A filibuster is a political procedure in which one or more members of a legislative body prolong debate, or threaten to prolong debate on a legislative measure, so as to delay or prevent a vote being taken.
In the United States, the filibuster is typically associated with the U.S. Senate, which traditionally allowed for any Senator to speak for an unlimited time on any measure. In 1917, the Senate revised its rules to allow a two-thirds majority to end a filibuster, a procedure known as “cloture.” In 1975, the cloture threshold was lowered to 60 votes. A Democratic majority eliminated the filibuster for judicial nominees below the Supreme Court in 2013 and a Republican majority eliminated the filibuster for Supreme Court nominees in 2019.
While historically the filibuster was used only rarely in the U.S. Senate, in recent decades, both parties have routinely threatened filibusters on almost all major legislation. This has meant that in practice, a supermajority of 60 Senators is needed to pass a cloture motion and advance most bills through the Senate. The only major exception, besides judicial nominees, are budget reconciliation bills, which are exempt from the filibuster and thus need only a simple majority of 51 Senators to pass.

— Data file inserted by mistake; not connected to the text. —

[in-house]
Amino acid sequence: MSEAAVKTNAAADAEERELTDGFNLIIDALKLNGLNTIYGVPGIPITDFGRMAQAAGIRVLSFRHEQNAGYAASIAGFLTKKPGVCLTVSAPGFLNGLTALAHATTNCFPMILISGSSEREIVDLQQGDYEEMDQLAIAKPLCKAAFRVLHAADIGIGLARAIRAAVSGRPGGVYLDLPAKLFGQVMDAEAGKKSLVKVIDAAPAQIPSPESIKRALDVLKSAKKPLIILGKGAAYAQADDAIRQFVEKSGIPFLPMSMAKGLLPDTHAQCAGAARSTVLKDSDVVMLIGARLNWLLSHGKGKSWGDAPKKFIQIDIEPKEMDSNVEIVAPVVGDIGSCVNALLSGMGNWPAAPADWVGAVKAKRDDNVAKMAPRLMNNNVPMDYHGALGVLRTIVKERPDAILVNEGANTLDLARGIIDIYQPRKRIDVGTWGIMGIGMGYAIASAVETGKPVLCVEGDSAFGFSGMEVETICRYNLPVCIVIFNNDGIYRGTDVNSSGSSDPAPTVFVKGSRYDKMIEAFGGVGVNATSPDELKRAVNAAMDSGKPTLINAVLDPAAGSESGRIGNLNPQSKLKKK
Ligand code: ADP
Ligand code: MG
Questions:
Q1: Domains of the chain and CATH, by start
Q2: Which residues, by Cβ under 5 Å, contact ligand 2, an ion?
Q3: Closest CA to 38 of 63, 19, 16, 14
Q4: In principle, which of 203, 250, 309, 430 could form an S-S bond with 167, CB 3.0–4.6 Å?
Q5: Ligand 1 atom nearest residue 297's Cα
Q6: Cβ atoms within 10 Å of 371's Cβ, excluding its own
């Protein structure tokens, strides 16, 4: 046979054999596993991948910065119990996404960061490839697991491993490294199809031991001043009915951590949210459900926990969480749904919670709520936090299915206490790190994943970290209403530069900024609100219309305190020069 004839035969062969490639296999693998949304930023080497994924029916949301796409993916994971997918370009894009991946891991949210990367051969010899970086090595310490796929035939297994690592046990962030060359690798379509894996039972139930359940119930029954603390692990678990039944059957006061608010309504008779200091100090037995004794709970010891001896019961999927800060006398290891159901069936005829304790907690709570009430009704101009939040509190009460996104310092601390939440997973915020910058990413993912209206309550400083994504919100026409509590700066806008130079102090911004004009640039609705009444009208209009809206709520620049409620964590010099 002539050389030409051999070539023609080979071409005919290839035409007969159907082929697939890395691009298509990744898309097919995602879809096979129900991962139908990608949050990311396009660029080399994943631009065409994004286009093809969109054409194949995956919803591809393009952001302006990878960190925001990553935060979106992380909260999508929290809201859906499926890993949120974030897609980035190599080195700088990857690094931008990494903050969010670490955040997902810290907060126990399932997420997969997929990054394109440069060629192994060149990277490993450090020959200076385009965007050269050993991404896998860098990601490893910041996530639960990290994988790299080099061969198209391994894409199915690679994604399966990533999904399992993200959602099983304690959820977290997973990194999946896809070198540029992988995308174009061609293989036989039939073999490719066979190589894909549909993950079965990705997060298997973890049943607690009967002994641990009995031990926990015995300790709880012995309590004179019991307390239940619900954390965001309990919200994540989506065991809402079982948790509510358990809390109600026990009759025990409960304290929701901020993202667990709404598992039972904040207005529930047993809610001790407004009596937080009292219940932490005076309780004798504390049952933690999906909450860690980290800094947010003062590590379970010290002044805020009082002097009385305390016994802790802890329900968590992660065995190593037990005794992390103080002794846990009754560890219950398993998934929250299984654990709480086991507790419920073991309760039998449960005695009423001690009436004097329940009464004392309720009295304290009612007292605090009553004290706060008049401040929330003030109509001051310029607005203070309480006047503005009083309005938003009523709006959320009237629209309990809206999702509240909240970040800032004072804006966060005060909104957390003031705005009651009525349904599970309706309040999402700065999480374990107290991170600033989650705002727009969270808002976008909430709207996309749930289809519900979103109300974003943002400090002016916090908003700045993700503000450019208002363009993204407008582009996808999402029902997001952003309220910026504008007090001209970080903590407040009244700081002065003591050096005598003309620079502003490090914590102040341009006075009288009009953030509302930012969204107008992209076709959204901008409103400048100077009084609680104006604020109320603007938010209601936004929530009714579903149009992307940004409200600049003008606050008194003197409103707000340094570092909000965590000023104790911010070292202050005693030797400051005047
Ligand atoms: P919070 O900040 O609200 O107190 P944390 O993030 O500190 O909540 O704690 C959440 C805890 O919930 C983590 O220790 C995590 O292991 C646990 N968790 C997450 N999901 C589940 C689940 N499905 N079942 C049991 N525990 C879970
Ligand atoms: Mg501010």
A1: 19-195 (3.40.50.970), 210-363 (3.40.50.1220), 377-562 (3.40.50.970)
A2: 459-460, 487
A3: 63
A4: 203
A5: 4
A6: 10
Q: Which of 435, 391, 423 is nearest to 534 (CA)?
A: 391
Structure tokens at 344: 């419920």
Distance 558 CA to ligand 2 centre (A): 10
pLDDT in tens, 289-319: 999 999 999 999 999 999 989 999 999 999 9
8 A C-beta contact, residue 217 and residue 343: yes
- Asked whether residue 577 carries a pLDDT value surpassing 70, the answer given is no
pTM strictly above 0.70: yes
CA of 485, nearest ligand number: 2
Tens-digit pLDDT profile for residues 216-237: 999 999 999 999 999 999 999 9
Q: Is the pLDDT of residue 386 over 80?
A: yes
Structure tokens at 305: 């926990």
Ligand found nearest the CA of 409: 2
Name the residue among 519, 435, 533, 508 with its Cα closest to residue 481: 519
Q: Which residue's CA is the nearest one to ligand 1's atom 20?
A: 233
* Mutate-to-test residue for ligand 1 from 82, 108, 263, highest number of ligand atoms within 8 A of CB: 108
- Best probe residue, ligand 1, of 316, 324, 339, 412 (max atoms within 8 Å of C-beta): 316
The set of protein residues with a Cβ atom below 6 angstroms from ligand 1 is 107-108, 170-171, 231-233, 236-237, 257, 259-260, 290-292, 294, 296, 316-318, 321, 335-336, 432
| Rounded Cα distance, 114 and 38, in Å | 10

The filibuster is seen by critics as contrary to the principle of majority rule and responsible for the inability of Congress to address major problems, while defenders see it as a vital protection of the rights of the minority and as a hallowed Senate tradition. In recent years, both parties have threatened to abolish the filibuster while in the majority, but attempts to do so have failed to muster the necessary 51-vote majority.
Oklahoma is among the 37 states that does not have a filibuster; the majority party in each chamber determines the length of time allowed for debate on each measure before it is brought up for a vote.